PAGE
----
Saturday, February 18, 2012

The Adventure Continues

[In case you are a first-time Reader, you will want to read the previous post, of which this is a continuation.]
The next morning I got up and went out for breakfast. I was very stiff, and ducking under the low arch between my room and the toilet had not been fun, so I stopped at the first open place that looked like it was serving eggs and toast. My Policeman walked in and sat down a few tables away, and of course, tipped his hat. He looked a little bedraggled, as though he had been up all night. I had my eggs scrambled, and three cups of coffee. My Policeman had coffee. As I passed his table on the way out, I said in English, "I am going to the museum now, so you needn't rush."
He smiled and tipped his hat.
I was halfway through the museum and its wonders, including a magnificent 18th-century crystal chandelier that had been brought up the mountain on the back of a donkey, when I remembered it was Monday. No museum in Greece is open on a Monday, so this was remarkable. Equally remarkable was the fact that I was the only person in the museum other than the guard who had given me a ticket in exchange for a look at my Deltion (a free museum pass given out at that time to scholars). Very odd.
My Policeman was on duty at the museum steps as I left. He tipped his hat.
I decided to go shopping and have lunch before my appearance at the Police Station at two o'clock that afternoon. I wandered through town, bought a tourist guide to the archaeological dig I planned to visit the next day, had an excellent horiatiki salad and a bottle of Demestika, inspected a stall selling fish and another selling vegetables. Wherever I wandered, eventually I spotted My Policeman, and he always tipped his hat. I was tempted to ask him if he was following me, but it was pretty clear by now that he was, indeed, My Policeman, and I would find him on a corner, across the street, or two tables away, ready to tip his hat when I spotted him. I speculated a bit on why I should be the object of My Policeman’s attentions. Almost certainly it had to do with my fall and the subsequent events, as the anger of the mayor and the sternness of the Colonel of Police definitely pointed to this. However, I was in a country governed by a totalitarian dictatorship, albeit one friendly to the U.S., and that alone was enough to make me just a little apprehensive. I had all the proper papers, including a document that permitted me to stay in Greece longer than three months, and these had been duly inspected by the Colonel early on in the proceedings. The permission slip listed me as a Professor of Archaeology; this was not a legitimate title, although I was indeed at the time professing archaeology in connection with my dissertation. Maybe this error had been discovered, and I was under surveillance because of it, an error purposely made by the charming middle-aged bureaucrat issuing the document when he couldn’t think of anything else important enough to call me. As he pointed out, everybody in Greece is a student of archaeology. I, working on a dissertation, was clearly superior to those dilettantes. Doubtless I would find out very soon what the score was.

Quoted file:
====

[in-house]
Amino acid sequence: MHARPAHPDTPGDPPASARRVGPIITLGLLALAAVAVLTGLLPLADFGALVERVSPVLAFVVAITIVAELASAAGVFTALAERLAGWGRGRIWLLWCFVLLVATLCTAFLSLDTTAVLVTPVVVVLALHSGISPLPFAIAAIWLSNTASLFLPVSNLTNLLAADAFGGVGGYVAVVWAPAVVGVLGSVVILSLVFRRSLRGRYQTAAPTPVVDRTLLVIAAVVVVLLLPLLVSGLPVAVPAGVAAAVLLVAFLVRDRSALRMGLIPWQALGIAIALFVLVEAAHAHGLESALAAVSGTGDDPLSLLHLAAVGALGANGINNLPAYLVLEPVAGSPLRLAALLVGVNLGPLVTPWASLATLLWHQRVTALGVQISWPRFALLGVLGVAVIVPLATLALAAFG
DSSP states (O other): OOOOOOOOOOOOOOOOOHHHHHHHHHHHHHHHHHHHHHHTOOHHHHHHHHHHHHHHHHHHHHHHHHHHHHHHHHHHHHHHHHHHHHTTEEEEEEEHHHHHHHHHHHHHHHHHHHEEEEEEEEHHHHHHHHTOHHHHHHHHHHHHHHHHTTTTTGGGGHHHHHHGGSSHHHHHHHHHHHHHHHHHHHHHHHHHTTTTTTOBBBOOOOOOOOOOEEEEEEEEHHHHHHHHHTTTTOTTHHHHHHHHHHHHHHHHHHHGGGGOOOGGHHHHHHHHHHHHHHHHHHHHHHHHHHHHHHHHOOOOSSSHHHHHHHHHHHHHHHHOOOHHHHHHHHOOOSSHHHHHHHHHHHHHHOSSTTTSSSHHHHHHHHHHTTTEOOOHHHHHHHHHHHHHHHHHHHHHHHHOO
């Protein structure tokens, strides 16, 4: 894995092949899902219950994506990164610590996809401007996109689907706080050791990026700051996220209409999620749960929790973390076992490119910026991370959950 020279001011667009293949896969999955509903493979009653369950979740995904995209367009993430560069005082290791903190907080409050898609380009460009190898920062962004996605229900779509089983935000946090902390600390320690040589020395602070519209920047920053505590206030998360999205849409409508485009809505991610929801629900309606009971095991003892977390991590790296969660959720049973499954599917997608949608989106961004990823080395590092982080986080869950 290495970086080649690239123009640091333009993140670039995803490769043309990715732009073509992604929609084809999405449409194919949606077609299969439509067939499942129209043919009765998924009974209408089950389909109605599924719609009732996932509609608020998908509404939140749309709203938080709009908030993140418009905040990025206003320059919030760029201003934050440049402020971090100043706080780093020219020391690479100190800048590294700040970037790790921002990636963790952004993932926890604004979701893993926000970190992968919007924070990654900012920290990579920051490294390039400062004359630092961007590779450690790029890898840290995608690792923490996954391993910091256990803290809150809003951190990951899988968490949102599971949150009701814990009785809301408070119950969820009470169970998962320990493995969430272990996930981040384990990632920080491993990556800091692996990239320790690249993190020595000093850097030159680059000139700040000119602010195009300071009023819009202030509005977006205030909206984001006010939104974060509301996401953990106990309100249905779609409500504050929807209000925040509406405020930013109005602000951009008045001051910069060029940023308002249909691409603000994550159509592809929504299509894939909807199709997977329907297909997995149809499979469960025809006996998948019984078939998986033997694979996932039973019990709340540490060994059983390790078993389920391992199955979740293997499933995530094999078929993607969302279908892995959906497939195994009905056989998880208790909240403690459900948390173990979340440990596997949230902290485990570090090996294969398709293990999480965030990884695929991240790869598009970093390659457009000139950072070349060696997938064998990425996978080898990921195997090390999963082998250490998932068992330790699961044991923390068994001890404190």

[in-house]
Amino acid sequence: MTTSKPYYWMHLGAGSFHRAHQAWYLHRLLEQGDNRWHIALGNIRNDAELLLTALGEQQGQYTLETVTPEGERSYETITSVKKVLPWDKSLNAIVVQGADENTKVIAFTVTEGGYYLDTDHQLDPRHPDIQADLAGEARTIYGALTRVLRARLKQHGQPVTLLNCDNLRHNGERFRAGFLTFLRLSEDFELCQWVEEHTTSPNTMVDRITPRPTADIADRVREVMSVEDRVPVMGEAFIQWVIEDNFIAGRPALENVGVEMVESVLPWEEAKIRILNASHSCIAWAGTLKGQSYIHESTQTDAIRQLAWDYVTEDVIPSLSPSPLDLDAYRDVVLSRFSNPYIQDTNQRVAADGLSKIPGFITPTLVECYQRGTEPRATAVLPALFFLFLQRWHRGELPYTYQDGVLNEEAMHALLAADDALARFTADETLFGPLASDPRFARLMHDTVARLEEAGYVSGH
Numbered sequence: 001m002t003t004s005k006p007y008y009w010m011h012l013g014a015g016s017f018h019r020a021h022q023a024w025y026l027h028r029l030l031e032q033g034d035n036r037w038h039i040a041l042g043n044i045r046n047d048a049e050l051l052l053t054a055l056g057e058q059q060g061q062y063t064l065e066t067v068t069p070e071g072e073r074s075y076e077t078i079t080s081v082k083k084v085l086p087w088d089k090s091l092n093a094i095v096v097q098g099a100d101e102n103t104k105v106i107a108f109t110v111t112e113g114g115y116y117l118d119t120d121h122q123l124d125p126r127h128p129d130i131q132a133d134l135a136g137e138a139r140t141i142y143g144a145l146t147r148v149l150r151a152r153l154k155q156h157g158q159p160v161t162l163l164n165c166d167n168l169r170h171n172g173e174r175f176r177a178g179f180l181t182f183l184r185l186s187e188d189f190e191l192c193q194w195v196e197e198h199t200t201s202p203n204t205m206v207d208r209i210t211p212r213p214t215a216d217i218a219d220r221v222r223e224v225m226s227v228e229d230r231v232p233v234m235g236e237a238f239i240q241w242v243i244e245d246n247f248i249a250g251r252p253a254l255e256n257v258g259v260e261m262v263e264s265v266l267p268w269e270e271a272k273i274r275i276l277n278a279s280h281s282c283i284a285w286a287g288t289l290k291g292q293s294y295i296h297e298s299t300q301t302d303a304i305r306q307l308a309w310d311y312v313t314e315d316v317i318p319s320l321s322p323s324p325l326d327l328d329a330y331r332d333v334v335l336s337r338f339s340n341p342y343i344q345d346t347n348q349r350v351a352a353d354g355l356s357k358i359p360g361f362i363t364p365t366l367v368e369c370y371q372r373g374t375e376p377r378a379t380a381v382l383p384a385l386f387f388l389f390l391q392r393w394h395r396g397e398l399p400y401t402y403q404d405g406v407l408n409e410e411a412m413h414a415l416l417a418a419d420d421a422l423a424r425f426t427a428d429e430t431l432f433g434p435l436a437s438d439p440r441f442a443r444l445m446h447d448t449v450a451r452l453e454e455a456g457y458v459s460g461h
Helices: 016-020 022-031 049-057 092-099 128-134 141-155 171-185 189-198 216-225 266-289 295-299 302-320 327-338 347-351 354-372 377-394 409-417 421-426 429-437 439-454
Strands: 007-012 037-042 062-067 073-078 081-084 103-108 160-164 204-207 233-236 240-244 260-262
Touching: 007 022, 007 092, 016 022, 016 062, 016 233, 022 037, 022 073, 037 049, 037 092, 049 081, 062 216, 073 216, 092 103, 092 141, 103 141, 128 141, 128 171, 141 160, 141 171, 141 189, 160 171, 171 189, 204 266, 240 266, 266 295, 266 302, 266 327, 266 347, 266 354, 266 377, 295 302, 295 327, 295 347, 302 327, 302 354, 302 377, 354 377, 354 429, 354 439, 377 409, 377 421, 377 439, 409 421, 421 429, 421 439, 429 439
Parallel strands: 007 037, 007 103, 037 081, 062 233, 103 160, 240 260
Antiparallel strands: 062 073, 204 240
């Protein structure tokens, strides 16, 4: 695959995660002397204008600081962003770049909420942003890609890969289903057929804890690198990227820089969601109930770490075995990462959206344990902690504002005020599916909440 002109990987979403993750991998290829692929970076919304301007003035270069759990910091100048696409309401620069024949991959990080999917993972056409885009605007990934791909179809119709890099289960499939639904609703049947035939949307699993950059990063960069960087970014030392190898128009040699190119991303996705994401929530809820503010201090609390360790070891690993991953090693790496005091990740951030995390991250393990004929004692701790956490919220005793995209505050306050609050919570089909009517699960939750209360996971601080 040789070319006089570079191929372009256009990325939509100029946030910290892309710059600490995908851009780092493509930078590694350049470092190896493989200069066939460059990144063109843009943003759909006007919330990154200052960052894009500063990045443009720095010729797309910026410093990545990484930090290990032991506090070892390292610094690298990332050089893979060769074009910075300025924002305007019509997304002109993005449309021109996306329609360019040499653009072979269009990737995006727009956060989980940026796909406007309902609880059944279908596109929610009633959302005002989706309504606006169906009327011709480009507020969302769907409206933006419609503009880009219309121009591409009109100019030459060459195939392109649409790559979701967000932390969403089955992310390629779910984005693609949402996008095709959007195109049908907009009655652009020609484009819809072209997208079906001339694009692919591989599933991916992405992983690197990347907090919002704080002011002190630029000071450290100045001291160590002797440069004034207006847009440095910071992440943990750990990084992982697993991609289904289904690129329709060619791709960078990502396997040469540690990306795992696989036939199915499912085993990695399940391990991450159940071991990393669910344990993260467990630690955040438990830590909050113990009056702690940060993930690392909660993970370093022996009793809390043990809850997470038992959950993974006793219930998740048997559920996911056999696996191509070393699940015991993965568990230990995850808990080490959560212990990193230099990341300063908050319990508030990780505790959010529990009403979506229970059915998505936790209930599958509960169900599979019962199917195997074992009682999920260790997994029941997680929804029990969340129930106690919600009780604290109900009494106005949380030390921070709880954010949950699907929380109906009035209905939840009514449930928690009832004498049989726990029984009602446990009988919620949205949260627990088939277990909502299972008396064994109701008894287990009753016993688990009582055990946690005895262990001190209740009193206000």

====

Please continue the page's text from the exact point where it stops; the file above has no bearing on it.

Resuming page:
The Colonel was already in his hat at his desk when I arrived, exactly at two o’clock. He greeted me with a solemn nod, and indicated the chair opposite the window wall. I sat down and looked around. There was now a row of chairs against the window wall, and seated in the second one from the desk was a skinny, droopy-mustached man in a rumpled brown suit, wrinkled shirt, and badly tied four-in-hand tie. In a chair further down the row sat a spotlessly clean middle-aged fellow, also mustached, dressed in the open-collared shirt, jeans, and sandaled feet of an animal-driver; he had, however, an air of authority about him, and he was obviously a cut above that occupation. The room was electric with expectancy, and I wondered who or what we were waiting for.
A policeman (not Mine) came in next, dragging along the man who had been running the animal I was thrown from, and who looked very frightened. He sat down in the chair at the end of the row, and stared at his feet, which were clad in dusty sandals and looked like they hadn’t been washed in several weeks. In fact, all of him looked like that. It was a marked contrast to the other driver, who now leaned over to say a few reassuring words to the newcomer. It didn’t seem to help much.
The Colonel was looking as official as possible with his hair sticking out stiffly from his hat, and said something about “the judge is a little late” to the man in the brown suit. “Still finishing lunch, I imagine,” Brown Suit replied. “You know how he likes to eat.” I tried not to show I understood this, as it seemed to me that my not knowing much Greek would be crucial to my part in whatever was proceeding. No one had spoken directly to me yet, and in fact I felt invisible, until Brown Suit said, “Is this the koritsi?" (A woman of any age can be referred to as a koritsi, which means “little girl.” I was 40, and used to it by now.) The Colonel nodded and looked pointedly at his watch. “He’ll be here,” said Brown Suit. “Don’t worry.”
Five minutes later, as we all sat in silence, the door flung open and a large fat man lumbered into the room. Everybody stood up, so I did, too, albeit stiffly. The Colonel and Brown Suit shook the newcomer’s hand, and he sat heavily in the first chair. Everybody looked at me. I looked back.
The Judge, for it was apparent that this was the newcomer, looked so much like Sidney Greenstreet in a Humphrey Bogart movie that I wanted to laugh. He wore a white suit with a marked gravy stain on one lapel, white shirt and tie, and to top it off, a white Panama hat. Brown Suit now took on a Peter Lorre-with-mustache aspect, and I waited for the rest of the movie to unfold.